ABC News' Karen Travers reports: As the stalemate continues between the NFL and the players’ union over a new labor agreement, the mayors of Minneapolis, Miami, and Houston have sent letters to the league expressing their concerns about what a lockout would do to their cities’ economies.
(For more background on the NFL labor issue, click here)
Houston Mayor Annise Parker said in a letter to NFL Commission Roger Goodell that the Texans have an estimated economic impact of $250 million for the city.
“Any decline in these revenues would hurt working families and the city as a whole, further compounding the difficulties we are facing due to the ongoing economic downturn,” Parker writes.
Minneapolis Mayor R.T. Rybak told Goodell in a letter that a lockout “will hurt working families” in his city.
Citing economic studies that estimated the economic impact of an NFL game, Rybak said “these dollars support a wide variety of good jobs for workers in the hospitality, hotel and service industries.”
Tomas Regalado, mayor of Miami, asked the NFL owners to “announce to the fans that they will not lock out the players.”
“It is clear that the vast popularity and financial success of football means that a lock out cannot be in the interest of anybody involved, particularly the fans, workers or businesses who support the game,” Regalado wrote.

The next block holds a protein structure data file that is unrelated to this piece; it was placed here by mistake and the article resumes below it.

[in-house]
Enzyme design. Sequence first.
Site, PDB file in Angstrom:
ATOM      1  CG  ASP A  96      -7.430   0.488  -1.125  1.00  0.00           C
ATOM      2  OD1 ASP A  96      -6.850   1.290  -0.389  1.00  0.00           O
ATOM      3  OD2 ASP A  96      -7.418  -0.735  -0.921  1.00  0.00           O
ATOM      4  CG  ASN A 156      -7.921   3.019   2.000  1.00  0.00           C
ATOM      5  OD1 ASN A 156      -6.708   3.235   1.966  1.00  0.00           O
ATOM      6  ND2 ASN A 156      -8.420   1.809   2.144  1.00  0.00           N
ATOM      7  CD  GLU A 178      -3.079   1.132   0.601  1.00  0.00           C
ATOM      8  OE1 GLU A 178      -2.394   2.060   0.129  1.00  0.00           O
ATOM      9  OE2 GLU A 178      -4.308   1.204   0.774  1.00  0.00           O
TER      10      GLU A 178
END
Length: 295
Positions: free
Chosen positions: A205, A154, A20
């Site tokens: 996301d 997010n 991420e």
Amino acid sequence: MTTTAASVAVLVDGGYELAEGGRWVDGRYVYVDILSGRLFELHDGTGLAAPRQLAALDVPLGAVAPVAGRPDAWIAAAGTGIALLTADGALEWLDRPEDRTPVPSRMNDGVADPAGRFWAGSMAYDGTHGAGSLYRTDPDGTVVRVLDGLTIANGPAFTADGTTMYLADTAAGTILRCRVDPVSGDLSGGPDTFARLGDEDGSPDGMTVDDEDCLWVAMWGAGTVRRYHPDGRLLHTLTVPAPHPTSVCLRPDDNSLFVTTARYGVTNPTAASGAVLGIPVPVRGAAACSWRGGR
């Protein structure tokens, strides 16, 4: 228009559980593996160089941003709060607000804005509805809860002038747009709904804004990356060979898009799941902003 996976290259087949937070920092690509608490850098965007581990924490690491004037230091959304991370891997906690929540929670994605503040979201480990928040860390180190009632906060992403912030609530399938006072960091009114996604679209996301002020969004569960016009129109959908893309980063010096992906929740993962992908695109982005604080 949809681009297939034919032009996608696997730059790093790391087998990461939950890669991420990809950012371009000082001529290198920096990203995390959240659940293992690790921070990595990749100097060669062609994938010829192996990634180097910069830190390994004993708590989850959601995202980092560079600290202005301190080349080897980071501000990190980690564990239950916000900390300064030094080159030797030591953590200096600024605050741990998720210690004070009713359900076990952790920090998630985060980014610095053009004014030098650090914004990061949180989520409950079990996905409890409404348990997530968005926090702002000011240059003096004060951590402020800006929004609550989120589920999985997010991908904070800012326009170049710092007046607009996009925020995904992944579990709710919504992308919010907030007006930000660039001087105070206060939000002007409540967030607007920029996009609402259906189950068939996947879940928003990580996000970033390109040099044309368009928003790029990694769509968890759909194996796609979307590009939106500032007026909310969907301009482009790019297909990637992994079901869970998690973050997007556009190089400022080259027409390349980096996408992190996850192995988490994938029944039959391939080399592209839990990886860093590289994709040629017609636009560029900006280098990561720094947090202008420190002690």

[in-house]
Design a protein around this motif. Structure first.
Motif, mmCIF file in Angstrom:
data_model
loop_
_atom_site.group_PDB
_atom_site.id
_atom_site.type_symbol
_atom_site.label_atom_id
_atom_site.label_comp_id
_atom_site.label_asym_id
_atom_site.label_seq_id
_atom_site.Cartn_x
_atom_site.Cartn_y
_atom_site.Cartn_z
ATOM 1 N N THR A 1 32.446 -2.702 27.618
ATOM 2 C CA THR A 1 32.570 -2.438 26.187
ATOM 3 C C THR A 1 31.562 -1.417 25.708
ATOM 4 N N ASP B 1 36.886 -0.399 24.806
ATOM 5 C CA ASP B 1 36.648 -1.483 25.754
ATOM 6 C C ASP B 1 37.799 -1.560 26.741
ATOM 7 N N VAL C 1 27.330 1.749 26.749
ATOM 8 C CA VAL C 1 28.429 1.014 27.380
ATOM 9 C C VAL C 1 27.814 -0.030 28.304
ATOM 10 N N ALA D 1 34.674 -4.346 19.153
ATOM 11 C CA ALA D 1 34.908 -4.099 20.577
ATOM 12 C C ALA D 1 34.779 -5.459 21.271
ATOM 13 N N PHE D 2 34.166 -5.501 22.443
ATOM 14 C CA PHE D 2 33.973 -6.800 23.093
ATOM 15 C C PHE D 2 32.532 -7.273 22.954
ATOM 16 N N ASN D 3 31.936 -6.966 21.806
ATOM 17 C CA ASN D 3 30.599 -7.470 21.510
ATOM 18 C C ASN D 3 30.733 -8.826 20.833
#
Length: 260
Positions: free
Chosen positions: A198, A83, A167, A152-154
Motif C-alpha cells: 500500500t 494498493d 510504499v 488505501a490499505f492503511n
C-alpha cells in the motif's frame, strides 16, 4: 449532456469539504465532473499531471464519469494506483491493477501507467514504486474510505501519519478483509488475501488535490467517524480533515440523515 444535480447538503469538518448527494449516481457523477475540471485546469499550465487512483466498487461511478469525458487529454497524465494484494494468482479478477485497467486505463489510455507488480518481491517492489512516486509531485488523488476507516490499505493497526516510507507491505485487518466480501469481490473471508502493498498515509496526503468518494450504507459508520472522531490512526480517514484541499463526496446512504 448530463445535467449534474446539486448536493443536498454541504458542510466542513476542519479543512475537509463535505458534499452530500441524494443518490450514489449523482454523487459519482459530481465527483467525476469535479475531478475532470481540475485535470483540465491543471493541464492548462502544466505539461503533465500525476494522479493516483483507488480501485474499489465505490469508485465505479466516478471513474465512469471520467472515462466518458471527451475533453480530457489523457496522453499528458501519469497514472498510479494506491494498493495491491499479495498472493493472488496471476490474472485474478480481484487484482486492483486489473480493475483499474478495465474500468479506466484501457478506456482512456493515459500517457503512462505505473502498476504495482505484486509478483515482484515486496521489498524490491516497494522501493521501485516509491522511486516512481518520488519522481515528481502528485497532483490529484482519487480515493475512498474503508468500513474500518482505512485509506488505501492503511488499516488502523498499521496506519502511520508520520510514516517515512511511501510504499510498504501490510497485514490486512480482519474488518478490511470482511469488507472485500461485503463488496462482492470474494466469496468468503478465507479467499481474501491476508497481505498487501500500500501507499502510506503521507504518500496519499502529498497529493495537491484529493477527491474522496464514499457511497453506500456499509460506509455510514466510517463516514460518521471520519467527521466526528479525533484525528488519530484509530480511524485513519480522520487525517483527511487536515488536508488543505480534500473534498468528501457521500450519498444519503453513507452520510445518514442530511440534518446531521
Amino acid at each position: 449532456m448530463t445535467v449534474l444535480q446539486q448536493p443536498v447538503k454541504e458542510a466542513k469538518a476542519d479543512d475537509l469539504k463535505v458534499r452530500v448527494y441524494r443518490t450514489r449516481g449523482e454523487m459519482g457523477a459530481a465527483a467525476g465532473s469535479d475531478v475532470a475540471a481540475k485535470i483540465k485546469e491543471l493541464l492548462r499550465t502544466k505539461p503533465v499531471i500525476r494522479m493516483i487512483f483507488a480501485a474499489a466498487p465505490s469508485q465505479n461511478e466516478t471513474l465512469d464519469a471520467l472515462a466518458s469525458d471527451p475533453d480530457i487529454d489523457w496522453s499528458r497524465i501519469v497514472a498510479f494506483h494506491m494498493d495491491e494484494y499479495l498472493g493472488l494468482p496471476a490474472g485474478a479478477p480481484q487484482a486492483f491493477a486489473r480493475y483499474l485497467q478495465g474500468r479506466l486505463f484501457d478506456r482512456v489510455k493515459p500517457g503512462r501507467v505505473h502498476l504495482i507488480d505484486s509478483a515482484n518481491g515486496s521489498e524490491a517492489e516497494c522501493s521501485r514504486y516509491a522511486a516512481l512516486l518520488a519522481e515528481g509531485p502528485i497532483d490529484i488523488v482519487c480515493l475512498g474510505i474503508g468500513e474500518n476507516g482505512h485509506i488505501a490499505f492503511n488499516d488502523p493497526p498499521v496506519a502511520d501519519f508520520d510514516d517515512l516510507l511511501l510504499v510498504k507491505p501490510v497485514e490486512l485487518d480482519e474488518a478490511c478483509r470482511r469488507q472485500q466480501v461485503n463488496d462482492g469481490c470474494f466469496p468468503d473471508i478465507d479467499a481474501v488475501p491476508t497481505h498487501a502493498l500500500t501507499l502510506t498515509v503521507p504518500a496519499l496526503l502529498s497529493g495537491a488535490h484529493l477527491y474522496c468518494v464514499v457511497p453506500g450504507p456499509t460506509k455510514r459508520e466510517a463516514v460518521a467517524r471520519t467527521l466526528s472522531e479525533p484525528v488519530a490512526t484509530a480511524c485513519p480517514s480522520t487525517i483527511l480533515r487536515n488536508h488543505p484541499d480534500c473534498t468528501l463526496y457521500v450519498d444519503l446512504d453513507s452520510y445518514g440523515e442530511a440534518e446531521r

While noting that they are not taking a position on the content of the collective bargaining negotiations, the mayors ask the league to commit to staying at the table until an agreement is reached. All three mayors write in their letters that the NFL Players’ Union has pledged that the players will not go on strike.
Representatives from the NFL and the players’ union met in Washington last week but no agreement was reached. A second day of meetings was cancelled
A spokesman for the NFL said that the league would “continue to conduct negotiations with the union in private and not engage in a point-counterpoint on the specifics of either side’s proposals or the meeting process.”
“We will work as hard as possible to reach a fair agreement by March 4,” NFL spokesman Greg Aiello said in a statement. “We are fully focused on that goal.”